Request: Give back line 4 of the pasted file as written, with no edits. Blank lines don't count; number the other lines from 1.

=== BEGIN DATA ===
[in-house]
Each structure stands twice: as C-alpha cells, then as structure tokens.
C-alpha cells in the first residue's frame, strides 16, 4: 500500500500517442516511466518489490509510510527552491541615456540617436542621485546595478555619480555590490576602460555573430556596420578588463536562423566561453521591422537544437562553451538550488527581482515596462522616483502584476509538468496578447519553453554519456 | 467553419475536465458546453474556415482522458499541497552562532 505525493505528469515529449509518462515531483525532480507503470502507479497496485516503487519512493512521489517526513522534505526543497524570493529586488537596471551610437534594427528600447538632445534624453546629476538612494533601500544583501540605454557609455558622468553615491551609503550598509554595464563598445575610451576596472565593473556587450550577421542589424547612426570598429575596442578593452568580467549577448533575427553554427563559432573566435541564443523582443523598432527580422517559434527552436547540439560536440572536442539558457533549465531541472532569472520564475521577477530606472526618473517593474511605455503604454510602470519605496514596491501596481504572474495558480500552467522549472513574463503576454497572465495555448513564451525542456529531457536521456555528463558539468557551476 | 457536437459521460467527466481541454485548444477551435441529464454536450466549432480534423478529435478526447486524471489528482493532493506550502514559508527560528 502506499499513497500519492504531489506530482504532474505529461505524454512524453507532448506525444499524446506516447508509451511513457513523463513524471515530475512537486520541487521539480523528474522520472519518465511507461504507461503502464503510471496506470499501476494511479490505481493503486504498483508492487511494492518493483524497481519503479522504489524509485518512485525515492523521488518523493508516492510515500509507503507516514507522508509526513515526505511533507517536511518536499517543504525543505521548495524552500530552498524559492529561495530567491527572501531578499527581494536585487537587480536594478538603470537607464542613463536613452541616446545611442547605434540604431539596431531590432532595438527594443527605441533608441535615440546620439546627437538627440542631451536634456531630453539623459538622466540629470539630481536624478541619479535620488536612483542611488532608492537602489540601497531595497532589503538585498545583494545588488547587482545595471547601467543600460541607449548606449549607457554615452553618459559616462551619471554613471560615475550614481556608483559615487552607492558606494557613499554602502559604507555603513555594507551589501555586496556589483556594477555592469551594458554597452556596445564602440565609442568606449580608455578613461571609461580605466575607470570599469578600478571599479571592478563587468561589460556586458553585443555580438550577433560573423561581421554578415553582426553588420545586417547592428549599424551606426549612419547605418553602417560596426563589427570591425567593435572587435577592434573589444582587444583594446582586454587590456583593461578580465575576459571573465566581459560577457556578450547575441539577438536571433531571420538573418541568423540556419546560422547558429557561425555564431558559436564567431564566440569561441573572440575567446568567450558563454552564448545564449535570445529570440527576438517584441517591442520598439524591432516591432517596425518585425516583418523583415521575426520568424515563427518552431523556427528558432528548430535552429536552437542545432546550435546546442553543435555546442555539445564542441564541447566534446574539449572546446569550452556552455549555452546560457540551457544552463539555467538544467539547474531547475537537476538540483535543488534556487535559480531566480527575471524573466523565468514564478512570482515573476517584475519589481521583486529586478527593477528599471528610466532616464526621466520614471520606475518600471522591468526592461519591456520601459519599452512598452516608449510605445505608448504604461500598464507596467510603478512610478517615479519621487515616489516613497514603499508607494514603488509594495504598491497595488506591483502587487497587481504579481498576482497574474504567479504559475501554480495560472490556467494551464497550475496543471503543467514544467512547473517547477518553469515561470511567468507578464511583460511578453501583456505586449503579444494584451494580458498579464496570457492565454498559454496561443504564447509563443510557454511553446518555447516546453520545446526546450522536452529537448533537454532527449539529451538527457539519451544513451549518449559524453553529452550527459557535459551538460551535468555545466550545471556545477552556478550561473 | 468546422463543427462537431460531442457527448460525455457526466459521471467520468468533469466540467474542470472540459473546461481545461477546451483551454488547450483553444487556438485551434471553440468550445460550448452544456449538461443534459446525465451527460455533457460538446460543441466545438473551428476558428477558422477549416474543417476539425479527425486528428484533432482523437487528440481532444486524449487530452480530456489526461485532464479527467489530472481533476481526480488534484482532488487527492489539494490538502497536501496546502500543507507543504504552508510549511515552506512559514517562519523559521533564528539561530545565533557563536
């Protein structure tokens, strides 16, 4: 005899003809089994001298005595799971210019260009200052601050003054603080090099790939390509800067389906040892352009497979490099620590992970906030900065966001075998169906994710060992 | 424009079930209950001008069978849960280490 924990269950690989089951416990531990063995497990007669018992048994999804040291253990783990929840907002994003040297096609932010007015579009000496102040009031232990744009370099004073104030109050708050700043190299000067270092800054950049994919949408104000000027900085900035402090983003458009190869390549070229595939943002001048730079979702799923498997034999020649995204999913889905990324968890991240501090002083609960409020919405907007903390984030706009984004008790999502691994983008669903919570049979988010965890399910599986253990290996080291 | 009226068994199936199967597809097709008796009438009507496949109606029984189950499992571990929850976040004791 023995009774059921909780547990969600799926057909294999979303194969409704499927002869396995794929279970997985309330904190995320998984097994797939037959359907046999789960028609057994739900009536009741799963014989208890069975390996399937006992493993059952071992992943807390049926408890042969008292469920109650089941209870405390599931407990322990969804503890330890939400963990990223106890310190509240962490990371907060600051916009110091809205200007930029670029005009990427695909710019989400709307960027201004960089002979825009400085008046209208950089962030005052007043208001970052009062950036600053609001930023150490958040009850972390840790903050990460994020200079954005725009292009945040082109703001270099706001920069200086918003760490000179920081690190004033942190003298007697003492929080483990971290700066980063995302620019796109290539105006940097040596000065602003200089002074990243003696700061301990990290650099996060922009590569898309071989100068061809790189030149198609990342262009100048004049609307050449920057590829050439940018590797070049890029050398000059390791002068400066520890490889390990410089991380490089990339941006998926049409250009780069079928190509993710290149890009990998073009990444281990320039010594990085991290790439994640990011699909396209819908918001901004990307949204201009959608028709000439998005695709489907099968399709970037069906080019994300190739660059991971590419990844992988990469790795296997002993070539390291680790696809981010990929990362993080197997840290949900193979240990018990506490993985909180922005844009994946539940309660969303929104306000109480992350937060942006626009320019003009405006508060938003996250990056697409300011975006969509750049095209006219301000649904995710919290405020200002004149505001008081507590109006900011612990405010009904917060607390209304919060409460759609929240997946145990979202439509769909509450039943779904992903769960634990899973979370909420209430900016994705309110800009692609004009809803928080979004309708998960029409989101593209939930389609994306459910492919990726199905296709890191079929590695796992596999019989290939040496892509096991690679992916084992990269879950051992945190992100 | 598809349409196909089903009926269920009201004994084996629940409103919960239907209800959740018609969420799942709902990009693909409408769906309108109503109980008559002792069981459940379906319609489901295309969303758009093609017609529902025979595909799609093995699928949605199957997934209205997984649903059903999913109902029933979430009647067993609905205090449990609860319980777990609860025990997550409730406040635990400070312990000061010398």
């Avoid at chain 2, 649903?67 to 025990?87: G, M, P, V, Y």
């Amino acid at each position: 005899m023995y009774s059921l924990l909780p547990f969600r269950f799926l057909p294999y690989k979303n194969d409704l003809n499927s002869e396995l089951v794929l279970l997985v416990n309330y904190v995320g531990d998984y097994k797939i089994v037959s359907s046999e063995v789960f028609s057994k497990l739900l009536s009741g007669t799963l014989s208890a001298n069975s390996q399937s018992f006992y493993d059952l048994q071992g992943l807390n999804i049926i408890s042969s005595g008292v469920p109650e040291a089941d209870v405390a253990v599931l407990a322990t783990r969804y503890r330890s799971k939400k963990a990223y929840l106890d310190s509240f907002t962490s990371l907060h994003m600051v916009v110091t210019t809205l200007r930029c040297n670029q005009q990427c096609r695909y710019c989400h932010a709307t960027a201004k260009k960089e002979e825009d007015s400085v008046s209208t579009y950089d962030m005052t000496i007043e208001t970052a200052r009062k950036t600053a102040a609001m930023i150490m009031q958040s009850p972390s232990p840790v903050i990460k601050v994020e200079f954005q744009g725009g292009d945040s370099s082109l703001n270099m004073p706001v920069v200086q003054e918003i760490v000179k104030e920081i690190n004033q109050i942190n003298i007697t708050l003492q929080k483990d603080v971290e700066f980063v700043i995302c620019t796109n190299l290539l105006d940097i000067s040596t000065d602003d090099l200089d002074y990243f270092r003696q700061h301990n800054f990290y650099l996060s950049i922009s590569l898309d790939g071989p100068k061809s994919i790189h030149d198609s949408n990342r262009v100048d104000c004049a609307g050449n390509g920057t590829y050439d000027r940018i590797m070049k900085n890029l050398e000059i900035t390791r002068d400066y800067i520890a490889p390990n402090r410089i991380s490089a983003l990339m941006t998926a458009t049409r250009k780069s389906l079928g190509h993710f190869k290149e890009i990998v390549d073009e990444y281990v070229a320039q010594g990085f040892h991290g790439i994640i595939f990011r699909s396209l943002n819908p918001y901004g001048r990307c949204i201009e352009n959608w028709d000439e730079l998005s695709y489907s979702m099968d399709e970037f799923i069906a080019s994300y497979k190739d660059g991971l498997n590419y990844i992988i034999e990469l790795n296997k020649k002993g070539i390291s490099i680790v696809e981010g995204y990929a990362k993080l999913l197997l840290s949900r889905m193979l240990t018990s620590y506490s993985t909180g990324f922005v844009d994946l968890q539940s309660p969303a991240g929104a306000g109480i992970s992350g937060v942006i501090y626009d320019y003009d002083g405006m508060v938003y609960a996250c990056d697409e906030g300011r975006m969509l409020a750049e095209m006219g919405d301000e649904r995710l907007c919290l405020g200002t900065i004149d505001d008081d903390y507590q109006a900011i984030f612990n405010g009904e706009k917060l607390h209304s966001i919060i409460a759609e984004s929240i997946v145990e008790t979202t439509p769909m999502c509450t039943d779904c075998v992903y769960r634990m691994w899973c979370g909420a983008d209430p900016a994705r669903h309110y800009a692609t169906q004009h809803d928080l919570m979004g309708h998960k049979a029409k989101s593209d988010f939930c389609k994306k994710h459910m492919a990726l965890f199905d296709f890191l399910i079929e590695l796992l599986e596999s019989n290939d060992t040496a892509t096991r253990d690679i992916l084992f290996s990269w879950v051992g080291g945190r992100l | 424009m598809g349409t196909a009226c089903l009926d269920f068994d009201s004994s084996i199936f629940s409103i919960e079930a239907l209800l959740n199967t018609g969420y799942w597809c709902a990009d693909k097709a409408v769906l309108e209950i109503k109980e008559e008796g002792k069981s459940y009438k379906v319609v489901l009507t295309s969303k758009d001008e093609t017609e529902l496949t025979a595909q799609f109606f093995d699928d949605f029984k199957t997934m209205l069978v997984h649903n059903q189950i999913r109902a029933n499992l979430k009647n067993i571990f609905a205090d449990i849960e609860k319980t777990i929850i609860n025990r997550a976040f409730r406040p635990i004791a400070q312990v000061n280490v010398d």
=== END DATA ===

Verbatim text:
């Protein structure tokens, strides 16, 4: 005899003809089994001298005595799971210019260009200052601050003054603080090099790939390509800067389906040892352009497979490099620590992970906030900065966001075998169906994710060992 | 424009079930209950001008069978849960280490 924990269950690989089951416990531990063995497990007669018992048994999804040291253990783990929840907002994003040297096609932010007015579009000496102040009031232990744009370099004073104030109050708050700043190299000067270092800054950049994919949408104000000027900085900035402090983003458009190869390549070229595939943002001048730079979702799923498997034999020649995204999913889905990324968890991240501090002083609960409020919405907007903390984030706009984004008790999502691994983008669903919570049979988010965890399910599986253990290996080291 | 009226068994199936199967597809097709008796009438009507496949109606029984189950499992571990929850976040004791 023995009774059921909780547990969600799926057909294999979303194969409704499927002869396995794929279970997985309330904190995320998984097994797939037959359907046999789960028609057994739900009536009741799963014989208890069975390996399937006992493993059952071992992943807390049926408890042969008292469920109650089941209870405390599931407990322990969804503890330890939400963990990223106890310190509240962490990371907060600051916009110091809205200007930029670029005009990427695909710019989400709307960027201004960089002979825009400085008046209208950089962030005052007043208001970052009062950036600053609001930023150490958040009850972390840790903050990460994020200079954005725009292009945040082109703001270099706001920069200086918003760490000179920081690190004033942190003298007697003492929080483990971290700066980063995302620019796109290539105006940097040596000065602003200089002074990243003696700061301990990290650099996060922009590569898309071989100068061809790189030149198609990342262009100048004049609307050449920057590829050439940018590797070049890029050398000059390791002068400066520890490889390990410089991380490089990339941006998926049409250009780069079928190509993710290149890009990998073009990444281990320039010594990085991290790439994640990011699909396209819908918001901004990307949204201009959608028709000439998005695709489907099968399709970037069906080019994300190739660059991971590419990844992988990469790795296997002993070539390291680790696809981010990929990362993080197997840290949900193979240990018990506490993985909180922005844009994946539940309660969303929104306000109480992350937060942006626009320019003009405006508060938003996250990056697409300011975006969509750049095209006219301000649904995710919290405020200002004149505001008081507590109006900011612990405010009904917060607390209304919060409460759609929240997946145990979202439509769909509450039943779904992903769960634990899973979370909420209430900016994705309110800009692609004009809803928080979004309708998960029409989101593209939930389609994306459910492919990726199905296709890191079929590695796992596999019989290939040496892509096991690679992916084992990269879950051992945190992100 | 598809349409196909089903009926269920009201004994084996629940409103919960239907209800959740018609969420799942709902990009693909409408769906309108109503109980008559002792069981459940379906319609489901295309969303758009093609017609529902025979595909799609093995699928949605199957997934209205997984649903059903999913109902029933979430009647067993609905205090449990609860319980777990609860025990997550409730406040635990400070312990000061010398």